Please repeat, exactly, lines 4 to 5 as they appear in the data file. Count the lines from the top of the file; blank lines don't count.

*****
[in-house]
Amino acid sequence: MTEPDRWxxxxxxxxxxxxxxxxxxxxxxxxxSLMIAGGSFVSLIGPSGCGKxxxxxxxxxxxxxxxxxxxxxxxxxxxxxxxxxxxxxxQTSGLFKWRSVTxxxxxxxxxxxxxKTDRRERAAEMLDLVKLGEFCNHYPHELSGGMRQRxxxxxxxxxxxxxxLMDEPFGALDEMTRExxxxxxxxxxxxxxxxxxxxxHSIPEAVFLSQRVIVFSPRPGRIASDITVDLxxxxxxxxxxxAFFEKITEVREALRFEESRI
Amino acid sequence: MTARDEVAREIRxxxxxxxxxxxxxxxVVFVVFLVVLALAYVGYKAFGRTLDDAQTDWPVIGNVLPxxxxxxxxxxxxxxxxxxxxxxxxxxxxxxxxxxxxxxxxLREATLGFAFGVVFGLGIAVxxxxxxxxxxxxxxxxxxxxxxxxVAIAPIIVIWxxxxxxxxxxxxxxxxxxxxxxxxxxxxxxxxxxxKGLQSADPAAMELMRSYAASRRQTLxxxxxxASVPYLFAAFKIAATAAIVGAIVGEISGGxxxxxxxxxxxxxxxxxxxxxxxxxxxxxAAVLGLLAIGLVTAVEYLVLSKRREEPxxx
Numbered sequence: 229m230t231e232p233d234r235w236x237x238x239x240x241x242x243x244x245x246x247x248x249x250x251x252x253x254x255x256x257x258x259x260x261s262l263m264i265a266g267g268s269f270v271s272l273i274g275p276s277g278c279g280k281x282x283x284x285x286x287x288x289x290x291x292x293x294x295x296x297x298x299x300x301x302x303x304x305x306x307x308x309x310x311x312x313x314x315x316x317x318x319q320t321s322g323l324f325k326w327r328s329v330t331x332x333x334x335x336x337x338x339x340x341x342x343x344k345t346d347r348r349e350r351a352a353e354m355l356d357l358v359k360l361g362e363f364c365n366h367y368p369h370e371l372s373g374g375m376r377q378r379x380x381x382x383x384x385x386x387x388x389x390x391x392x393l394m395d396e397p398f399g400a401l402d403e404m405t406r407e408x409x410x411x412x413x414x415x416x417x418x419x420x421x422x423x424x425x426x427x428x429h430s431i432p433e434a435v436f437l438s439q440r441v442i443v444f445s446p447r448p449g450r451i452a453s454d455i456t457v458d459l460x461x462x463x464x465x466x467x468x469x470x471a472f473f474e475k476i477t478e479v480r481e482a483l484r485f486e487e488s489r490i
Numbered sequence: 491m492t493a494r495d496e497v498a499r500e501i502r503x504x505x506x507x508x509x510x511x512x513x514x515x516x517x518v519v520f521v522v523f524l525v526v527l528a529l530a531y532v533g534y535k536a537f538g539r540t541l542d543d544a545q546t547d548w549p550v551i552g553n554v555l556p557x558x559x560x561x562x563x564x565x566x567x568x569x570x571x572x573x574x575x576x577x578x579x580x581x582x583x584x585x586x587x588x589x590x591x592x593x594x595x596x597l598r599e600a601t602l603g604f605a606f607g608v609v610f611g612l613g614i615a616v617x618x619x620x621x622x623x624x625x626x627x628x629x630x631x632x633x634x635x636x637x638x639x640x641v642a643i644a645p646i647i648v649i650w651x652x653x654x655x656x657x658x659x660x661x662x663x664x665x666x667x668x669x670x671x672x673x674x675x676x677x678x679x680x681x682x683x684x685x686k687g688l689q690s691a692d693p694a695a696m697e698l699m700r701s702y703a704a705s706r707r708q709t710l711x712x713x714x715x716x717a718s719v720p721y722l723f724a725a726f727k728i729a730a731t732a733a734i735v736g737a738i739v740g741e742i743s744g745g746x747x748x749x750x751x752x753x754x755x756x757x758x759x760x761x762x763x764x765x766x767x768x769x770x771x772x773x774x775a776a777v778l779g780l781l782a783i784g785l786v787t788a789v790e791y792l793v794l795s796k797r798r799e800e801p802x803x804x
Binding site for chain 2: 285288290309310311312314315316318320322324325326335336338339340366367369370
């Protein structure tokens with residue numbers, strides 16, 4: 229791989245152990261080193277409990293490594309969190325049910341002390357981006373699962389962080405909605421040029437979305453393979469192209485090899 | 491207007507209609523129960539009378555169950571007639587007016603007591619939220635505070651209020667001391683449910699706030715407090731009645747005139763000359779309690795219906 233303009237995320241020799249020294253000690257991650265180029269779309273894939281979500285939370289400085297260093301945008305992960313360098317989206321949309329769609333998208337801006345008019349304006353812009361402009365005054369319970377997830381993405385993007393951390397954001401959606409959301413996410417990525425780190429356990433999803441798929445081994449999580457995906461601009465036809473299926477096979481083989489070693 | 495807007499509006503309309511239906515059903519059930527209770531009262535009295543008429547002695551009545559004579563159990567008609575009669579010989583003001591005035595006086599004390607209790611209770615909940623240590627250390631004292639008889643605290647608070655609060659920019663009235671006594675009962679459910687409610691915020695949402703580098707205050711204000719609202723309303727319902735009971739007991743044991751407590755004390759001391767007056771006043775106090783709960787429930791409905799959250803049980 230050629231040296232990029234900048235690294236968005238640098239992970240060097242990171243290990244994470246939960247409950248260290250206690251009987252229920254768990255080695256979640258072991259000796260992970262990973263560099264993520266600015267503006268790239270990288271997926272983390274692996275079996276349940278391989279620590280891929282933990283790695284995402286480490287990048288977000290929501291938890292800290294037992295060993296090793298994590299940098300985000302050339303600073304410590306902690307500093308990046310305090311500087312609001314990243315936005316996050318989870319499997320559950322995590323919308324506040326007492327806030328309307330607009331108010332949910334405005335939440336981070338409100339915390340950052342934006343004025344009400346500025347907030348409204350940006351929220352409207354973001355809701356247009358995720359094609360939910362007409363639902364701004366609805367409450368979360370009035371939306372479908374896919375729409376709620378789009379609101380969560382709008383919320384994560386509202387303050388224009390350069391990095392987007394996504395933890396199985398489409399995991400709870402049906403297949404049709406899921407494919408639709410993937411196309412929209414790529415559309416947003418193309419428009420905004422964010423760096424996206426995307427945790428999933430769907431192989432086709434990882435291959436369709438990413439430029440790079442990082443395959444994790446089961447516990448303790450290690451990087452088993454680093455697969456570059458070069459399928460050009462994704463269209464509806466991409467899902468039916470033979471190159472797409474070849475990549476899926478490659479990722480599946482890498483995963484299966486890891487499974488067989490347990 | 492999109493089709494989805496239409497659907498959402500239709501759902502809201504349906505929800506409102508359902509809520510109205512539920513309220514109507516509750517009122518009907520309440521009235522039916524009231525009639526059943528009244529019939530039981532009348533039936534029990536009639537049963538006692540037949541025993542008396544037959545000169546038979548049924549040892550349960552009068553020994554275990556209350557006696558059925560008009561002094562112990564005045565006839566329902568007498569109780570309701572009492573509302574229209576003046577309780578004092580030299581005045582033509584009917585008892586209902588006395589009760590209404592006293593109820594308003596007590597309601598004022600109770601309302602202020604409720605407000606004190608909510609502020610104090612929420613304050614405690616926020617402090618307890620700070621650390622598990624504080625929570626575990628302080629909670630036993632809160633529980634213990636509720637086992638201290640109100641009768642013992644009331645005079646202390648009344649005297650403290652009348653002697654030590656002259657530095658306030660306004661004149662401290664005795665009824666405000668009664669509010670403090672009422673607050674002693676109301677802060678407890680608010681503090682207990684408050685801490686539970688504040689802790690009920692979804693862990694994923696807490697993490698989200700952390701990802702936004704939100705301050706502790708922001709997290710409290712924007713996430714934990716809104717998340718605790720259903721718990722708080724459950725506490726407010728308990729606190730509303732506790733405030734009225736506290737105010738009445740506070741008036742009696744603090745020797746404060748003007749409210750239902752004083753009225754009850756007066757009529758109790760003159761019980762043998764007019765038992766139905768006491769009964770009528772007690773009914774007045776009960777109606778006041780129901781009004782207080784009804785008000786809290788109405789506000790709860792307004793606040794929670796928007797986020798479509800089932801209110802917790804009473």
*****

Numbered sequence: 229m230t231e232p233d234r235w236x237x238x239x240x241x242x243x244x245x246x247x248x249x250x251x252x253x254x255x256x257x258x259x260x261s262l263m264i265a266g267g268s269f270v271s272l273i274g275p276s277g278c279g280k281x282x283x284x285x286x287x288x289x290x291x292x293x294x295x296x297x298x299x300x301x302x303x304x305x306x307x308x309x310x311x312x313x314x315x316x317x318x319q320t321s322g323l324f325k326w327r328s329v330t331x332x333x334x335x336x337x338x339x340x341x342x343x344k345t346d347r348r349e350r351a352a353e354m355l356d357l358v359k360l361g362e363f364c365n366h367y368p369h370e371l372s373g374g375m376r377q378r379x380x381x382x383x384x385x386x387x388x389x390x391x392x393l394m395d396e397p398f399g400a401l402d403e404m405t406r407e408x409x410x411x412x413x414x415x416x417x418x419x420x421x422x423x424x425x426x427x428x429h430s431i432p433e434a435v436f437l438s439q440r441v442i443v444f445s446p447r448p449g450r451i452a453s454d455i456t457v458d459l460x461x462x463x464x465x466x467x468x469x470x471a472f473f474e475k476i477t478e479v480r481e482a483l484r485f486e487e488s489r490i
Numbered sequence: 491m492t493a494r495d496e497v498a499r500e501i502r503x504x505x506x507x508x509x510x511x512x513x514x515x516x517x518v519v520f521v522v523f524l525v526v527l528a529l530a531y532v533g534y535k536a537f538g539r540t541l542d543d544a545q546t547d548w549p550v551i552g553n554v555l556p557x558x559x560x561x562x563x564x565x566x567x568x569x570x571x572x573x574x575x576x577x578x579x580x581x582x583x584x585x586x587x588x589x590x591x592x593x594x595x596x597l598r599e600a601t602l603g604f605a606f607g608v609v610f611g612l613g614i615a616v617x618x619x620x621x622x623x624x625x626x627x628x629x630x631x632x633x634x635x636x637x638x639x640x641v642a643i644a645p646i647i648v649i650w651x652x653x654x655x656x657x658x659x660x661x662x663x664x665x666x667x668x669x670x671x672x673x674x675x676x677x678x679x680x681x682x683x684x685x686k687g688l689q690s691a692d693p694a695a696m697e698l699m700r701s702y703a704a705s706r707r708q709t710l711x712x713x714x715x716x717a718s719v720p721y722l723f724a725a726f727k728i729a730a731t732a733a734i735v736g737a738i739v740g741e742i743s744g745g746x747x748x749x750x751x752x753x754x755x756x757x758x759x760x761x762x763x764x765x766x767x768x769x770x771x772x773x774x775a776a777v778l779g780l781l782a783i784g785l786v787t788a789v790e791y792l793v794l795s796k797r798r799e800e801p802x803x804x